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THE JOURNAL OF SPORTS MEDICINE AND PHYSICAL FITNESS
A Journal on Applied Physiology, Biomechanics, Preventive Medicine,
Sports Medicine and Traumatology, Sports Psychology
Indexed/Abstracted in: Chemical Abstracts, CINAHL, Current Contents/Clinical Medicine, EMBASE, PubMed/MEDLINE, Science Citation Index Expanded (SciSearch), Scopus
Impact Factor 1,111
ORIGINAL ARTICLES EXERCISE PHYSIOLOGY AND BIOMECHANICS
The Journal of Sports Medicine and Physical Fitness 2016 October;56(10):1125-31
Physiological stress and performance analysis to karate combat
Helmi CHAABENE 1, Ilhem HELLARA 2, Faten B. GHALI 2, Emerson FRANCHINI 3, Fedoua NEFFATI 2, Montassar TABBEN 4, Mohamed F. NAJJAR 2, Younés HACHANA 5 ✉
1 Research Laboratory “Sports performance Optimization”, National Center of Medicine and Science in Sports (CNMSS), Tunis, Tunisia; 2 Biochemistry and Toxicology Laboratory, University Hospital of Monastir, Monastir, Tunisia; 3 Martial Arts and Combat Sports Research Group, School of Physical Education and Sport, University of Sao Paulo, Sao Paulo, Brazil; 4 CETAPS EA 3832, University of Rouen, Mont Saint Aignan, France; 5 Higher Institute of Sports and Physical Education ksar Said, Manouba University, Tunis, Tunisia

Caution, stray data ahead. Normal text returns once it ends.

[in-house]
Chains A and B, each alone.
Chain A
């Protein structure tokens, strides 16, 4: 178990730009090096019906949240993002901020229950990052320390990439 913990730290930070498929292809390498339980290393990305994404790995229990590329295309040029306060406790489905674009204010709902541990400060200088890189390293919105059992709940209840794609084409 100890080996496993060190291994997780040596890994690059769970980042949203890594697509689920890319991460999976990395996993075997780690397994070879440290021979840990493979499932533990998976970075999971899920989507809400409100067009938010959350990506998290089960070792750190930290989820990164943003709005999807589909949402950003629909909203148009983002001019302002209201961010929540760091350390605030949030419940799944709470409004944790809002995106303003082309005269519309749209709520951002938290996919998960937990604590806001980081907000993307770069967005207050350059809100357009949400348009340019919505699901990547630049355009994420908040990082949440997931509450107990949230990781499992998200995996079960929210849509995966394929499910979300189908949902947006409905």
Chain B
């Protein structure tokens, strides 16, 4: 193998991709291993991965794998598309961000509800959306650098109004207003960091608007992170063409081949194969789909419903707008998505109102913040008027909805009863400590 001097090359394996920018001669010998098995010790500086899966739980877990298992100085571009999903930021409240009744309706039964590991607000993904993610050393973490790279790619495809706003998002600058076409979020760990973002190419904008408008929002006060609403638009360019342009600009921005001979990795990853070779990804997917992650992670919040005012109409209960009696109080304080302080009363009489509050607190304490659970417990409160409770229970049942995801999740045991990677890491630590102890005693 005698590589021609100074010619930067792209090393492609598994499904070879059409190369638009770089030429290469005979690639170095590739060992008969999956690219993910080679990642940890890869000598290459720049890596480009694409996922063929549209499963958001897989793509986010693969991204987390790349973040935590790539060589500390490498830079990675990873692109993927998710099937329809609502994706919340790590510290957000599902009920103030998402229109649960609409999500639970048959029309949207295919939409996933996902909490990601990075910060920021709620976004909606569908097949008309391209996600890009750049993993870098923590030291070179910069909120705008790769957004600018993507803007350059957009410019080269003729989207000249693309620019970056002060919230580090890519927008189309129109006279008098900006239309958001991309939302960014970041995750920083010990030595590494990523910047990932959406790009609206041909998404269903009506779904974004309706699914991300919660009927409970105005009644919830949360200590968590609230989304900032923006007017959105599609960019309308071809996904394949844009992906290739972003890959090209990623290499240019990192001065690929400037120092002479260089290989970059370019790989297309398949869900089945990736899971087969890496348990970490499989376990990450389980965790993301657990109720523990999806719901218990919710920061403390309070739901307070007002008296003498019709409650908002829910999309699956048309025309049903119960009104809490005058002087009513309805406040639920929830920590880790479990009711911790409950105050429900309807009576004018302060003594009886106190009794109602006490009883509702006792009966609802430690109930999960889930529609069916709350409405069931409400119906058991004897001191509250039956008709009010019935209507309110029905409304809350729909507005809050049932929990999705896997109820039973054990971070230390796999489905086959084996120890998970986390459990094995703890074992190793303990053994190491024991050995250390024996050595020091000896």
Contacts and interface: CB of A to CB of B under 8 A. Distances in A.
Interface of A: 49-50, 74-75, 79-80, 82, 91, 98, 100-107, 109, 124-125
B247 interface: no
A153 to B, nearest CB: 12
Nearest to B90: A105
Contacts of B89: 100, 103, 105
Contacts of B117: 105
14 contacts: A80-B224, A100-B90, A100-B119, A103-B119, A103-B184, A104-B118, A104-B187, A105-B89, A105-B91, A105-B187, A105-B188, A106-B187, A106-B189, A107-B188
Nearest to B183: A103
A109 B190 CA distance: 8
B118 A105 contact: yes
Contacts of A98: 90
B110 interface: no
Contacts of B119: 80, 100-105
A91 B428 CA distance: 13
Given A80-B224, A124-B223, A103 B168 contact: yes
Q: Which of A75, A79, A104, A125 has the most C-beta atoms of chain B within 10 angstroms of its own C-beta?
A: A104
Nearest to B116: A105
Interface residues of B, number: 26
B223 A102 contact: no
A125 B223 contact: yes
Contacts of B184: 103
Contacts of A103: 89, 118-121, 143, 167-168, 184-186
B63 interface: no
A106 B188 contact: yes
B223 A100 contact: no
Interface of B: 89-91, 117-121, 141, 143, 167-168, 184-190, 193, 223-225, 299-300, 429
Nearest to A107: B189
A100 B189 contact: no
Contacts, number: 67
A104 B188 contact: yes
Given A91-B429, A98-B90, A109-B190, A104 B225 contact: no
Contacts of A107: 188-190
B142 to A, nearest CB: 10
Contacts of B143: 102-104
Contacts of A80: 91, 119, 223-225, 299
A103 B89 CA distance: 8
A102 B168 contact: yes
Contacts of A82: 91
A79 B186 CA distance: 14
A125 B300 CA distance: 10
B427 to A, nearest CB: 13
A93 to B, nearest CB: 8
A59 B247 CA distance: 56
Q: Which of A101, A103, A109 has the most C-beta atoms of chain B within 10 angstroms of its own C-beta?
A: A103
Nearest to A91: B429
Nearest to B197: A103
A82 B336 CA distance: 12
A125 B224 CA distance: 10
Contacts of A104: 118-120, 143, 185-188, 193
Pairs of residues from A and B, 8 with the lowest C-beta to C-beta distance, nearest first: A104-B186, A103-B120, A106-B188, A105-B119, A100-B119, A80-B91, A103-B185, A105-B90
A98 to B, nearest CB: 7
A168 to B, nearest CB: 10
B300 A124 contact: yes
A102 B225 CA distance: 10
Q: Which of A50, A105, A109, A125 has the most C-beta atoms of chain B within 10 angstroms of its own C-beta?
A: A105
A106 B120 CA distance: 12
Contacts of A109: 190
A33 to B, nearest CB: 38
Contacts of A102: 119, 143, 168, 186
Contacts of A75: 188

BACKGROUND: This study aimed to evaluate the relationship between physiological, and parameters of performance analysis during karate contest.
METHODS: Nine elite-level karate athletes participated in this study. Saliva sample was collected pre- and post-karate combat.
RESULTS: Salivary cortisol (sC) post-combat 2 raised significantly compared to that recorded at pre-combat 1 (Δ%=105.3%; P=0.04; dz=0.78). The largest decrease of the salivary T/C ratio (sR) compared to pre-combat 1 was recorded post-combat 2 (Δ%=-43.5%; P=0.03). Moreover, blood lactate concentration post-combat 1 correlated positively to sCpost-combat 1 (r=0.66; P=0.05) and negatively to both salivary testosterone (sT) (r=-0.76; P=0.01) and sRpost-combat 1 (r=-0.76; P=0.01). There was no significant relationship between hormonal measures and parameters of match analysis.
CONCLUSIONS: Although under simulated condition, karate combat poses large physiological stress to the karateka. Additionally, physiological strain to karate combat led to a catabolic hormonal response.